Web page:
Triangle/Pear - Highlight the forehead and around the temples and contour the jaw line.

Inverted Triangle - Contour the tip of the chin and highlight the jaw line. Contour the forehead, blending down on to the temples if necessary.

Diamond - Contour the tip of the chin and the forehead, highlight the temples and outer law lines. Blush should be applied to the center of the cheekbones and this final step is what will help to complete the oval appearance.

When it comes to what products to use it's all personal preference but ultimately your contour should be a dark brown and your highlight should be very fair to white. I don't recommend using something with shimmer in it and I will explain why in just a moment.

Ben Nye Creme Stick in White and Warm Brown.
As you can see my white stick is a favourite for highlighting whereas I prefer a powder for contouring.

Cream products like the Ben Nye contour and highlight sticks pictured above can be applied under or over foundation. They can be applied to the area directly with the edge of the stick or smoothed on with a finger and blended out again with fingers or a brush. I highly recommend doing this under foundation as I find the result to be a more seamless finish.

Powder products are always applied over foundation. A matte bronzer can be used but take care to ensure that it doesn't have a heavy orange base, matte white eye shadow is a good highlight and it's something most people already own. It is highly recommended that you set any cream or liquid foundations with a translucent powder before applying your highlight or contour colours as they can grab and be so difficult to blend properly resulting in a patchy appearance.

Bronzing powders that contain shimmer should not be used as a contour colour, the reflective properties defeat the purpose of  these corrective techniques, this also applies for shimmery highlights. If you like to use a bronzer or highlight that contains shimmer these should be used after all of the corrective techniques have been completed. A shimmery bronzer can be applied (sparingly!) all over for the glow that they offer and a shimmer highlight should be applied usually to the cheek bones, cupids bow and bridge of the nose for extra dimension. Using these products as a traditional highlight or contour will generally have you sparkling like a disco ball under bright lights and can also make the face appear sweaty.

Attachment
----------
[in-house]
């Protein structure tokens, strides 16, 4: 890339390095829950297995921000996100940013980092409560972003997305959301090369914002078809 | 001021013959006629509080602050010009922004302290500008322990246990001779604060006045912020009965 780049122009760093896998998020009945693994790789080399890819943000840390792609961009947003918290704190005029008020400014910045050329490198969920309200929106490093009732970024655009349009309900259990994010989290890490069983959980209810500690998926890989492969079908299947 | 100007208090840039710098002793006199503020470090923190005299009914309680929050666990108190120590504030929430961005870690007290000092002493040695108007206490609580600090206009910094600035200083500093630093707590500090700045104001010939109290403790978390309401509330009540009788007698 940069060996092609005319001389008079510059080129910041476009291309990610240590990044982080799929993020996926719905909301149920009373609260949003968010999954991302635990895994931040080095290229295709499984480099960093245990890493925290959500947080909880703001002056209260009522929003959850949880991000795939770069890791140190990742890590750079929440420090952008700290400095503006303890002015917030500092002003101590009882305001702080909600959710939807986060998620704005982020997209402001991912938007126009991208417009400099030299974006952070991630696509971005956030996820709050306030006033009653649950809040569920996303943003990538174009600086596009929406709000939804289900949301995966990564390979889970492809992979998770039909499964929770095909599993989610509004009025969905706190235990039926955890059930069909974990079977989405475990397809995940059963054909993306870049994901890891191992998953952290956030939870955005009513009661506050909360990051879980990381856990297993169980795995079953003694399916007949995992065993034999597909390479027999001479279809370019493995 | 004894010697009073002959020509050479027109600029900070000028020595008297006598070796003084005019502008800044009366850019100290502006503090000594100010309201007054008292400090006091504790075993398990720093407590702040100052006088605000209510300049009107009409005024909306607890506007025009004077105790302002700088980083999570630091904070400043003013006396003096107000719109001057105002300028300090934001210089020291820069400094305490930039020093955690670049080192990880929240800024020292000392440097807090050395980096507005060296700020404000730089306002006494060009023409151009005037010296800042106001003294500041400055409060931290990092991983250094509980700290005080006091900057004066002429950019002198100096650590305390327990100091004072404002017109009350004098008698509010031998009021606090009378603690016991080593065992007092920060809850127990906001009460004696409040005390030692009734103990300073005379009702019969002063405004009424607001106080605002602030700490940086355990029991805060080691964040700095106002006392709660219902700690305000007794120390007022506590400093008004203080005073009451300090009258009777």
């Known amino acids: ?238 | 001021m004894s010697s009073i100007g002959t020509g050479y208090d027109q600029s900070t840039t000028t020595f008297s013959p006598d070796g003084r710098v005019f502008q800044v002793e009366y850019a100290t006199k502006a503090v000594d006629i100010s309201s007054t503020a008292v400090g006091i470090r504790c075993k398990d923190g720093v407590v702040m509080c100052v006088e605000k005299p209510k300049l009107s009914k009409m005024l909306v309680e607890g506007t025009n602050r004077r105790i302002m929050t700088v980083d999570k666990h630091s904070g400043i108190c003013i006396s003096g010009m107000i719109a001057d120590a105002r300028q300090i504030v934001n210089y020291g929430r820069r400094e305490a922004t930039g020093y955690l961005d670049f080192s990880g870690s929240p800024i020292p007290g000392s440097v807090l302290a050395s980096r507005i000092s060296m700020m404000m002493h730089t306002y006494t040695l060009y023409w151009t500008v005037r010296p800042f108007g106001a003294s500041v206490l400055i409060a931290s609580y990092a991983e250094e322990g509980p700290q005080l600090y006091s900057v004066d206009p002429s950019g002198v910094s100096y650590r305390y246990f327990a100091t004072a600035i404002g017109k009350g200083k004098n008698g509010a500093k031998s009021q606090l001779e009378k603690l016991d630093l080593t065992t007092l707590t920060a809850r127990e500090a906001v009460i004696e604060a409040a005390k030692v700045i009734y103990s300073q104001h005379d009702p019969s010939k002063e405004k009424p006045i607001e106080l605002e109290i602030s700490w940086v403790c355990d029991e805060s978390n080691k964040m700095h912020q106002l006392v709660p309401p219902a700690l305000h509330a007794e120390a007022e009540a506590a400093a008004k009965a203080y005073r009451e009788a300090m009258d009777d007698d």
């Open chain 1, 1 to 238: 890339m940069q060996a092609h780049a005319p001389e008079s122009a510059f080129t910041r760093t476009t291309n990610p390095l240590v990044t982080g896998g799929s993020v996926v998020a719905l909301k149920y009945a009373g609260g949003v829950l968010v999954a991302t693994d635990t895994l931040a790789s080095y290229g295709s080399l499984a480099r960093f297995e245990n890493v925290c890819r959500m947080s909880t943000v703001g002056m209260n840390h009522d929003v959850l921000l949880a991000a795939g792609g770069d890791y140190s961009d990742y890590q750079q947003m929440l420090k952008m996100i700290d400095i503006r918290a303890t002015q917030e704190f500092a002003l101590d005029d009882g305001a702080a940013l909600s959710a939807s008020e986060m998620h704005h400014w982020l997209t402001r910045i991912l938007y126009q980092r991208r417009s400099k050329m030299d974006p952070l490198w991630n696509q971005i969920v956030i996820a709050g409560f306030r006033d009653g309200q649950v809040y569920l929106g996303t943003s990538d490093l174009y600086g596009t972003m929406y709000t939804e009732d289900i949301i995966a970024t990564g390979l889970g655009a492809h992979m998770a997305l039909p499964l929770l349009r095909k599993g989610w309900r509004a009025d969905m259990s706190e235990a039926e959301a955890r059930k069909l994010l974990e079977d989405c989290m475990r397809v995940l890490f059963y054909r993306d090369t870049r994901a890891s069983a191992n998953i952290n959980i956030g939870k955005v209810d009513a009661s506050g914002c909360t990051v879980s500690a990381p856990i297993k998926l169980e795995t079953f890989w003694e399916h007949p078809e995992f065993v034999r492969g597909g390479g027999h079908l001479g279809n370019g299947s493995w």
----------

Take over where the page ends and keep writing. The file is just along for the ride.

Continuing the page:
What are your favourite highlighting and contouring products? Do you think you'll try out any of these techniques to see how it changes your look?

All Products were purchased by myself and I'm in no way affiliated with any of the companies mentioned unless otherwise stated. Links provided are for shopping examples only, I have personally purchased from some (not all) of these online stores but I highly recommend researching before buying.

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2 comments on "Beauty Breakdown - Corrective Contouring & Highlighting."
  1. Hello I know this post is very old but I was wondering if you were based in the UK, because I really want the Ben Nye contouring sticks but I'm not sure where to get them from and was wondering if you had any advice? Thank you Pheebs

    1. Hello Pheebs :)

      Sorry for the delay in my reply, I was off on a little holiday. Unfortunately I don't know of any place that definitely stocks the Ben Nye Sticks in the UK (I'm in Australia) but my recommendation would be Amazon, try the UK, American and Australian sites because there is bound to be someone who stocks them and will deliver to you.